Located on the southside of Richmond, Va in North Chesterfield at 7406 Summerleaf Court.
The Summerleaf Christmas Show is a Christmas Light display containing over 40,000 lights controlled by over 2000 channels. Each channel controls a group of lights or in some cases part of one light! The newest addition to the display, a 10 foot tree has 600 LED pixels on it, each of which is controlled by 3 channels for a total of 1800 channels. The effects this tree is capable of producing is simply amazing.
In 2009, we began converting the display to LED lights because the current draw of the 40,000 incandescant lights was getting close to the limit of our electrical service! This year (2012) we will have more than 50% of all the lights converted to LEDs. This conversion has not only allowed us to add blue lights to the display, but the colors produced by the LED’s look incredible. The current draw for the display prior to the change to LED’s was over 100 amps, this year it looks to be about 70 amps, even with the addition of many more lights!
The highlight of the show in previous years has been the giant mega tree on the left side of the yard. As of 2011, this tree stood 20 feet in the air and has nearly 5000 lights on it. New in 2012 is a 3D star that is sure to please the many visitors we expect to see this year.
Up until 2011, we saw a fair amount of traffic which got substantially heavier the week before the big day. In 2011, we were featured on the local television stations “Holiday Homes” segment. Following that interview, the traffic was much more intense. If you’re planning on coming out to see the display this year, the earlier you get out here, the better! Stay safe in the cul-de-sac, it’s hard for people in cars to see people walking in the street!
We always get asked all sorts of questions concerning details of the display, so I wanted to write about a few of them here. People always ask how much it costs to run all the lights. It’s not nearly as bad as you’d think because the lights don’t stay on all the time. If they did, the lights and wires would get hot and the dial on the panel would spin. When you see a display that’s static (the lights don’t flash), you can bet they’re adding quite a bit to there electric bill, our bill may go up by about 50% in December.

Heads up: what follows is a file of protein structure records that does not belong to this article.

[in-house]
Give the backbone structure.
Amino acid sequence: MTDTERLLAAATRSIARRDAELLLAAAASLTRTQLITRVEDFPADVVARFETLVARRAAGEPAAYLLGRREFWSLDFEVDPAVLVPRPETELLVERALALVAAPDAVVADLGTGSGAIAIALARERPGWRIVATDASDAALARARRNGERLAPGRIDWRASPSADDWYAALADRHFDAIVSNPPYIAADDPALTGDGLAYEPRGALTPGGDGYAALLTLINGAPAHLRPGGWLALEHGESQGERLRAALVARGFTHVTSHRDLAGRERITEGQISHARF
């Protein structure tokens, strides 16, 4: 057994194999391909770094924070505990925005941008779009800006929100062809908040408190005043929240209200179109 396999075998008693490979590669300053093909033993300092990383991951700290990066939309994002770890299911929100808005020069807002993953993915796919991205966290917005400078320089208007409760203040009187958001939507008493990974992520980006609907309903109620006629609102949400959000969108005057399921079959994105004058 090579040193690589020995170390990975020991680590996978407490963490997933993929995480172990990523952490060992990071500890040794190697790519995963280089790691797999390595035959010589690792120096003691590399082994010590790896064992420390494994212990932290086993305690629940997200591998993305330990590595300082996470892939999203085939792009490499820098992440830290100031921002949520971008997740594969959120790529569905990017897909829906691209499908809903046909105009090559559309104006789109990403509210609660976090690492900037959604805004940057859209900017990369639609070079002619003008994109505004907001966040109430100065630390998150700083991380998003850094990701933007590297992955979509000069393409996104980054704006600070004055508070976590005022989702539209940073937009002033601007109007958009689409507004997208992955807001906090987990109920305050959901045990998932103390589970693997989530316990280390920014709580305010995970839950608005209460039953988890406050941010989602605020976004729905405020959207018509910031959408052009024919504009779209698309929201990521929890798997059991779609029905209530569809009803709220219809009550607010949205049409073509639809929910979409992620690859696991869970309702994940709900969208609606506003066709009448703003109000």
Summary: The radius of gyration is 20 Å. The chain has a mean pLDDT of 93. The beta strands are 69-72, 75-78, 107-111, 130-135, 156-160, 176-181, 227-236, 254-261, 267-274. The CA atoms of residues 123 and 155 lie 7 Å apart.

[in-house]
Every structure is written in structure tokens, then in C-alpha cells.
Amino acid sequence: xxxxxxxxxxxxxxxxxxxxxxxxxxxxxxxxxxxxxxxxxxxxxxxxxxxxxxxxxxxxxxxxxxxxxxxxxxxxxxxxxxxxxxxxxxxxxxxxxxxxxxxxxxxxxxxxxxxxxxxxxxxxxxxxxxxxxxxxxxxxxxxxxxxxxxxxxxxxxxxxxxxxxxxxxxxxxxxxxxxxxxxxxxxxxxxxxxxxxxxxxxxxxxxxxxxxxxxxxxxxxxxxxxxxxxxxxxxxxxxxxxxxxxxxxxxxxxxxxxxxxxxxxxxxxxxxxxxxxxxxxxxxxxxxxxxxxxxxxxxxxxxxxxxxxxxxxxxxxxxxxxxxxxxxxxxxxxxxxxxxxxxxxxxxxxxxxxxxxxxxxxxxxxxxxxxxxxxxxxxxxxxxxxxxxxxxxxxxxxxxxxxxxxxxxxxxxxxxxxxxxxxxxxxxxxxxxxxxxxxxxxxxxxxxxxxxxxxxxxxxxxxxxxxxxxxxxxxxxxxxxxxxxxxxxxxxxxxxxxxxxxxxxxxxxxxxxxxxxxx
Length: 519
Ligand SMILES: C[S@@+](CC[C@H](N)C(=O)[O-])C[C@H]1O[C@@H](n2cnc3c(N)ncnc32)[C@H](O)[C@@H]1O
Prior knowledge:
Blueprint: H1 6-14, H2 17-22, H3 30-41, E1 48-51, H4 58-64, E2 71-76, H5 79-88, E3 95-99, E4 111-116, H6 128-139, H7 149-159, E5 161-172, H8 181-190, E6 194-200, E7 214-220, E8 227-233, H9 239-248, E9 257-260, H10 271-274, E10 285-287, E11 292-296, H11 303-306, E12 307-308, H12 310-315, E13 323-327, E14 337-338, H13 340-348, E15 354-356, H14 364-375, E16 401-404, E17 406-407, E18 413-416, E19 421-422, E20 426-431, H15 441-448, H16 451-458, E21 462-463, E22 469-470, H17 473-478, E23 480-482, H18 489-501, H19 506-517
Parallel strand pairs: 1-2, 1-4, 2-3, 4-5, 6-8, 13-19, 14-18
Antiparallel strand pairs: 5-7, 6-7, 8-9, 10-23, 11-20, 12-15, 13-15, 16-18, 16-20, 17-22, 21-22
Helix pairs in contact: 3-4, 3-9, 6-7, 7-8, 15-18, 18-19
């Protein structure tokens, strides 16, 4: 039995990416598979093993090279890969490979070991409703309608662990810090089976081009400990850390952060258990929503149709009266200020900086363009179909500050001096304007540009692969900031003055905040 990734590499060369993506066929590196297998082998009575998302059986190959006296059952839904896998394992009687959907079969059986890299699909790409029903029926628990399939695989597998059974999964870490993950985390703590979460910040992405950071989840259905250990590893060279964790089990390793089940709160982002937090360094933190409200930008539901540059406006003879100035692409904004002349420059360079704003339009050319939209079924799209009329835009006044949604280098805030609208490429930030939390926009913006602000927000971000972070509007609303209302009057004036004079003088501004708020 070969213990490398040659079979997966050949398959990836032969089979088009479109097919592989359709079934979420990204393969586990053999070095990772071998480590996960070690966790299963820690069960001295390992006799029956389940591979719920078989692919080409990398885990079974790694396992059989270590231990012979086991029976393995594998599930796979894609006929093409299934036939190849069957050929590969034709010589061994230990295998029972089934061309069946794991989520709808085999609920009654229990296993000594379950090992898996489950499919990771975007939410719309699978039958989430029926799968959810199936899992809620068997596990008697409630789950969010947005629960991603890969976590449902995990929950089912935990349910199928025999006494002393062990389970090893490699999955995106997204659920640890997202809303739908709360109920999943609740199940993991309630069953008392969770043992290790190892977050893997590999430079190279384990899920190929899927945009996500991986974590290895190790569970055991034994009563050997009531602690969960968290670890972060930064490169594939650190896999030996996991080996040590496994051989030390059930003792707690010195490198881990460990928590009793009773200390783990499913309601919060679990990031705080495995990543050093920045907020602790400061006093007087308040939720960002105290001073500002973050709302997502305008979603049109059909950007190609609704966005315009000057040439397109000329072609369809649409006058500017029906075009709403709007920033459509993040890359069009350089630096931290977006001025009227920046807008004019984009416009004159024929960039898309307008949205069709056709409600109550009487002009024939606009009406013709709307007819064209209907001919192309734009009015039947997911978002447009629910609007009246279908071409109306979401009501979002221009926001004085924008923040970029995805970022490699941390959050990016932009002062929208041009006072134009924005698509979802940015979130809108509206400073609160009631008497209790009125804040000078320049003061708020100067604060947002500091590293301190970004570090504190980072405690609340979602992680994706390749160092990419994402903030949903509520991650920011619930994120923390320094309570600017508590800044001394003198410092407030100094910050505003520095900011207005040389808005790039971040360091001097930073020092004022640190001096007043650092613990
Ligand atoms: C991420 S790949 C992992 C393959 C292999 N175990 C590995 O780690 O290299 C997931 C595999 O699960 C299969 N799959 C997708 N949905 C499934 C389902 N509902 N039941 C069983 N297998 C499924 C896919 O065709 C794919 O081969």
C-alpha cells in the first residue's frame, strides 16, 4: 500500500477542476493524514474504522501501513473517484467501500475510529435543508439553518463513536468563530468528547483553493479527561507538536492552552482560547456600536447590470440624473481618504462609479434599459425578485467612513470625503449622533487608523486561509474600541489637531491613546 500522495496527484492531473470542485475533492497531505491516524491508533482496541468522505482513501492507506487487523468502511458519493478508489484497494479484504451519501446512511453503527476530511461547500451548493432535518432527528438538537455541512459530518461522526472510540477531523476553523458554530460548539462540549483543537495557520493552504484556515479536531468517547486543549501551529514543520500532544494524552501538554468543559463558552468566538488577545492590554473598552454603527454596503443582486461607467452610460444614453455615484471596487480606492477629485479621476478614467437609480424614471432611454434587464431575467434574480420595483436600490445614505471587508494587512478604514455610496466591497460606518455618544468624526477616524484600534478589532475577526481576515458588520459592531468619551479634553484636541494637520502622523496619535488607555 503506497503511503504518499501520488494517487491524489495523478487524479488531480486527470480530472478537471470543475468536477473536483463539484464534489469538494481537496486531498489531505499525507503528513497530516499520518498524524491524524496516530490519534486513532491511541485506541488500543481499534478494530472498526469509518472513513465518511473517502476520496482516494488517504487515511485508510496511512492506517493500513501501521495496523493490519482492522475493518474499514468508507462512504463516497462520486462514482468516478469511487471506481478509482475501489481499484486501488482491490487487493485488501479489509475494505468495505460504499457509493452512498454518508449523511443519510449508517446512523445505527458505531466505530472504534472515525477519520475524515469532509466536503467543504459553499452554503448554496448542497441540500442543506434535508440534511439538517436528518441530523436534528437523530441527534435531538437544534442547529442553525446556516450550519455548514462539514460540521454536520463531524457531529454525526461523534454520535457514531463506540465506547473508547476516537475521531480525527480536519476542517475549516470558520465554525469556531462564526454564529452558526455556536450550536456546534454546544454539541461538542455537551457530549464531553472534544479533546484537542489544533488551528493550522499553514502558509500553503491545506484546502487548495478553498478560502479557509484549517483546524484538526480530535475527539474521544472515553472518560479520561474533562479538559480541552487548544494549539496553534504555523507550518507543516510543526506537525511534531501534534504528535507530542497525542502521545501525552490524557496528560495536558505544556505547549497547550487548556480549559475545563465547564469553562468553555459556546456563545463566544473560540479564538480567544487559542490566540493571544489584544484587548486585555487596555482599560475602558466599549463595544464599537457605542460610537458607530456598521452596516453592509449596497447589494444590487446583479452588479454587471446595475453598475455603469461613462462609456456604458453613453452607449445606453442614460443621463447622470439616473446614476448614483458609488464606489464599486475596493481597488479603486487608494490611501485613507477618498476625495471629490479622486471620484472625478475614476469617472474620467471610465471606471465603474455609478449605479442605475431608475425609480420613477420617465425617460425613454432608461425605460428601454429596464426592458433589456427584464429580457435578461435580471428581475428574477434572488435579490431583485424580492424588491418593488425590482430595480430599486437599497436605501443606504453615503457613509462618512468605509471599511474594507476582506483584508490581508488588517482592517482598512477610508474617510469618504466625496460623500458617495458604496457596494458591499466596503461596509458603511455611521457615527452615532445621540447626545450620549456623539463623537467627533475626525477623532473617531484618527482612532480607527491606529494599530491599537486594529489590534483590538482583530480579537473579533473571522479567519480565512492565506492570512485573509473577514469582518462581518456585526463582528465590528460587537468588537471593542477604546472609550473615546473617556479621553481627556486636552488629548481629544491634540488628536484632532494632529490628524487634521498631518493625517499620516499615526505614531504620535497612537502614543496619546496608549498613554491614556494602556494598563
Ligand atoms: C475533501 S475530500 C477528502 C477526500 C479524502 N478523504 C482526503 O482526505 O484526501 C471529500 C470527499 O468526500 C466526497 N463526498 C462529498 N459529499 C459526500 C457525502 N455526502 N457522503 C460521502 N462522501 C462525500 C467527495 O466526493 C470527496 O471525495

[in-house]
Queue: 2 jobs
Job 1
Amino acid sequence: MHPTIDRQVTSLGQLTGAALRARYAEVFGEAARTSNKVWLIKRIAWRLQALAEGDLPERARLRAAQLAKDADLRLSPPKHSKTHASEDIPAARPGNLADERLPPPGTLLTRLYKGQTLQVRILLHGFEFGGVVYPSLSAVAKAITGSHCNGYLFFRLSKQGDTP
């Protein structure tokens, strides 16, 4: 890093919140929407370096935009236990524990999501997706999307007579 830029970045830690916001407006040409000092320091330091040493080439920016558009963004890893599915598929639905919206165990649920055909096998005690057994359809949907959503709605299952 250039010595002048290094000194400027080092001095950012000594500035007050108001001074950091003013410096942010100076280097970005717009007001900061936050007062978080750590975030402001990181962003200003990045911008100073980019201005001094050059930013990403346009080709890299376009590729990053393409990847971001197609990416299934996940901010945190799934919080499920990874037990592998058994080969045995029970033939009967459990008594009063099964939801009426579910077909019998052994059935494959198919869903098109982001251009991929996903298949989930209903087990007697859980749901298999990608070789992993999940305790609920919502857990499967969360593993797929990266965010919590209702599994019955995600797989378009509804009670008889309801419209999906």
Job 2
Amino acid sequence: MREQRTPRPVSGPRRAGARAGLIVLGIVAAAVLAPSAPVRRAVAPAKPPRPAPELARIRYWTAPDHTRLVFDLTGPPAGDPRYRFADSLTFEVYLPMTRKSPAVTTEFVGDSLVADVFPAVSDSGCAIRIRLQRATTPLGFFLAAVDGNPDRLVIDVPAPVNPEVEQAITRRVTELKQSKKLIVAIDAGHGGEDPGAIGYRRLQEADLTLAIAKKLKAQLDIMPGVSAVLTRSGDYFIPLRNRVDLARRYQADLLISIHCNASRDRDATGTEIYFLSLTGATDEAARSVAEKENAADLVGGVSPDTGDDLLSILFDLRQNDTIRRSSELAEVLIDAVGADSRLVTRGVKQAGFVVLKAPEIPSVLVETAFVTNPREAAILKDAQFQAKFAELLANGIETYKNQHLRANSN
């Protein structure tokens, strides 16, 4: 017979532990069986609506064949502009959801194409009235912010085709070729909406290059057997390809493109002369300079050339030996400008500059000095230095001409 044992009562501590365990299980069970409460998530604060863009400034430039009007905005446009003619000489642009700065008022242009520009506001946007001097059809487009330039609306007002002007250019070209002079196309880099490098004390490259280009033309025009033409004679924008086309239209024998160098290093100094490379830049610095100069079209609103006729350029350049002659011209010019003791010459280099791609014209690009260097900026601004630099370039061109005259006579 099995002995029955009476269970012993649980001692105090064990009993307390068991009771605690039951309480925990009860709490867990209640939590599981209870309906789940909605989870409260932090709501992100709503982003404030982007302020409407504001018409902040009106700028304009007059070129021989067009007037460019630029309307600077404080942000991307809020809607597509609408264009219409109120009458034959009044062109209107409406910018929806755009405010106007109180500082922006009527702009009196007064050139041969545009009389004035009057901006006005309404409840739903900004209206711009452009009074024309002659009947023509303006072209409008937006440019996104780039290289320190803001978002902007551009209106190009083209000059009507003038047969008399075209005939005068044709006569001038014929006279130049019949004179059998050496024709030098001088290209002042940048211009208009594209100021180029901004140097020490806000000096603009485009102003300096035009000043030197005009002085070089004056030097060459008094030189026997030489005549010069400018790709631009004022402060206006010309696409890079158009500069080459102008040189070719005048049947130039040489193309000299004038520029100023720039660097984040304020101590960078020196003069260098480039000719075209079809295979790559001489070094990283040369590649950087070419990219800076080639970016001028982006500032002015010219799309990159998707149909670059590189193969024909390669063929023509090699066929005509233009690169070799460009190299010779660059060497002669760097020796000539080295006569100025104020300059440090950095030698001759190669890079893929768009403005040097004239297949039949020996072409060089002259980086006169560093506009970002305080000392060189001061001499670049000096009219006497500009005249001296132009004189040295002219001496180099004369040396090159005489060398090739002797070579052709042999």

How long does it take to setup? The actual seting up of the lights takes about a full week, usually the week before Thanksgiving. Preparations begin however in the middle of the summer. Any new additions have to be planned on so they can be part of a balanced electrical load. How many extension cords? I’m afraid to know the answer! There are at least 300 with an average of 25 feet, so that means there’s at least 7500 feet – more than a mile. Where do you keep it all? Storage is just as important as making sure everything is wired safely. Here’s a picture taken of most of the crates from last year’s tear down.
How do you get the music out to my car? We have a small FM transmitter with a very low output that connects directly to the show computer. The software we use to program the lights (Light-o-rama) runs on a computer and the FM transmitter plugs right into the sound card of the computer. Lightorama handles the details of the show with a little help from MIIP, which watches over everything as well. If your car has an RDS radio (Radio Data System), you are able to see the titles of the songs as they play as well. Who makes your announcements? Announcements are craftfully prepared and executed by The Demented Elf, otherwise known as Kevin Dunn. I have done them before, but I really like the way he talks the talk. How long does it take to program the songs? It can easily take 8 hours or more to program one minute of light sequencing.
How do you keep it all together? Zip ties. Lots and lots of zip ties. Anywhere from one to two thousand each year.